1.5.1. Implementation of the Total Maximum Daily Load (TMDL) provisions of the Clean Water Act (CWA)
For years one aspect of the CWA was overlooked until an influential court decision in 1999. Several Florida environmental groups won a significant lawsuit against the EPA, pushing the agency to enforce the Total Maximum Daily Load (TMDL) provisions in the Federal CWA. For many waterbodies, including the LSJR, the development and implementation of a TMDL is required by the CWA as a means to reverse water quality degradation. In the TMDL approach, state agencies must determine for each impaired water body: 1) the sources of the pollutants that could contribute to the impairment 2) the capacity of the water body to assimilate the pollutant without degradation and 3) how much pollutant from all possible sources, including future sources, can be allowed while attaining and maintaining compliance with water quality standards. From this information, agency scientists determine how much of a pollutant may be discharged by individual sources, and calculate how much of a load reduction is required by that source (Pollutant Load Reduction Goal or “PLRG”). Once the required load reductions are determined, then a Basin Management Action Plan (“BMAP”) must be developed to implement those reductions. Monitoring programs must also be designed to evaluate the effectiveness of load reduction on water quality.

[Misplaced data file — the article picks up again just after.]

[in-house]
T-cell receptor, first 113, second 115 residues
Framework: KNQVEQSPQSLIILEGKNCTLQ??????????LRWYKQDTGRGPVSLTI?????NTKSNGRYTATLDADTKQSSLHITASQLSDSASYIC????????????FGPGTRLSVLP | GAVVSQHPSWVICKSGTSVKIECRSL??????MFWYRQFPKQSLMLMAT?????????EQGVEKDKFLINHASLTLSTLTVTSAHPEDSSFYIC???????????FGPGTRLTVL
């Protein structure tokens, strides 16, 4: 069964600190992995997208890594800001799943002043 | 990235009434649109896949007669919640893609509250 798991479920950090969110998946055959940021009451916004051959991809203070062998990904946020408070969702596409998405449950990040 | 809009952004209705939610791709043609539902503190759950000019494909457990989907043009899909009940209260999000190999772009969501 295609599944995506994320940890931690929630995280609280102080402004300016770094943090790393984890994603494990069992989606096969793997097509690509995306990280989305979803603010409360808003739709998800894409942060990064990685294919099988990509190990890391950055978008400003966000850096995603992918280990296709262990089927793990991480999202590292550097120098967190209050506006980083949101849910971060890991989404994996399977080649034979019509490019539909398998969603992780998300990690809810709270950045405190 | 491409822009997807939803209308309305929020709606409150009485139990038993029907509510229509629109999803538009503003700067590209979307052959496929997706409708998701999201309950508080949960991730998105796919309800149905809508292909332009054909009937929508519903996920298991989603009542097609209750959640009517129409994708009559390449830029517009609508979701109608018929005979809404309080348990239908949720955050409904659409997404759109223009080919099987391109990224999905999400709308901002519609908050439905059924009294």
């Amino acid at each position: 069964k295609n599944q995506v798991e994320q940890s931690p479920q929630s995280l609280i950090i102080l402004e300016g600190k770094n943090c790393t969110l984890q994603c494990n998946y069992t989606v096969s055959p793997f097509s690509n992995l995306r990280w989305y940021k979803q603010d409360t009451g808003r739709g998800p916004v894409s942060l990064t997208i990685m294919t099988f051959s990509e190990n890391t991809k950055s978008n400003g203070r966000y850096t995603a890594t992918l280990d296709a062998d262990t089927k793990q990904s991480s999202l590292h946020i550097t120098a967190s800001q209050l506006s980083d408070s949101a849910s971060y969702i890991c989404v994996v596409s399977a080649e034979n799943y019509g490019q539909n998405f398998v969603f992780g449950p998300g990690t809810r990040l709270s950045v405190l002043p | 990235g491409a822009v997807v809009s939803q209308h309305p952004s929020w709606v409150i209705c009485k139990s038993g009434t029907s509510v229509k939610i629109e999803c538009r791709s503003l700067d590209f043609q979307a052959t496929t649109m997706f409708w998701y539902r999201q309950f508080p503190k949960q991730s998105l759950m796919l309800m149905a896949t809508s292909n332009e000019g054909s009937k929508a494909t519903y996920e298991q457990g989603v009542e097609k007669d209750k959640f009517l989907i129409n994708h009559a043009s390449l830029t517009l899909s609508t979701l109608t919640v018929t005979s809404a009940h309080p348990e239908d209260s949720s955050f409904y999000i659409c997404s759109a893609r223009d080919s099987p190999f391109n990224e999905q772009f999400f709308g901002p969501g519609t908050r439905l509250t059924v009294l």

Since 1999, the EPA, DEP, SJRWMD, and numerous public and private stakeholders have been working through this TMDL/BMAP process to reduce pollution into the LSJR and its tributaries. Several TMDLs have been adopted in the LSJRB, including those for nutrients in the mainstem and fecal coliforms in the tributaries. In most cases, adoption of TMDLs is followed by development of a BMAP. According to DEP, “the strategies developed in each BMAP are implemented into National Pollutant Discharge Elimination System (NPDES) permits for wastewater facilities and municipal separate storm sewer system (MS4) permits” (DEP 2008b). A mainstem nutrient BMAP was completed in October 2008. In December 2009, the DEP released the BMAP for fecal coliform in the Lower St. Johns River Tributaries (DEP 2009b). This BMAP addressed ten tributaries for which TMDLs had been adopted in 2006 and 2009: Newcastle Creek, Hogan Creek, Butcher Pen Creek, Miller Creek, Miramar Creek, Big Fishweir Creek, Deer Creek, Terrapin Creek, Goodbys Creek, and Open Creek (DEP 2009b). In August 2010, DEP released the second BMAP to address fecal coliform in fifteen LSJR tributaries (Tributary BMAP II; DEP 2010a). A progress report on the mainstem BMAP was published in 2016 (DEP 2016m). Updates on the tributary BMAPs were published in 2016 and progress reports on the tributary BMAPs were published in 2017.
As well, a new comprehensive statewide updated list of verified impaired waterbodies was released by DEP in 2014 and again as of April 11, 2018. (DEP 2014f; DEP 2018e).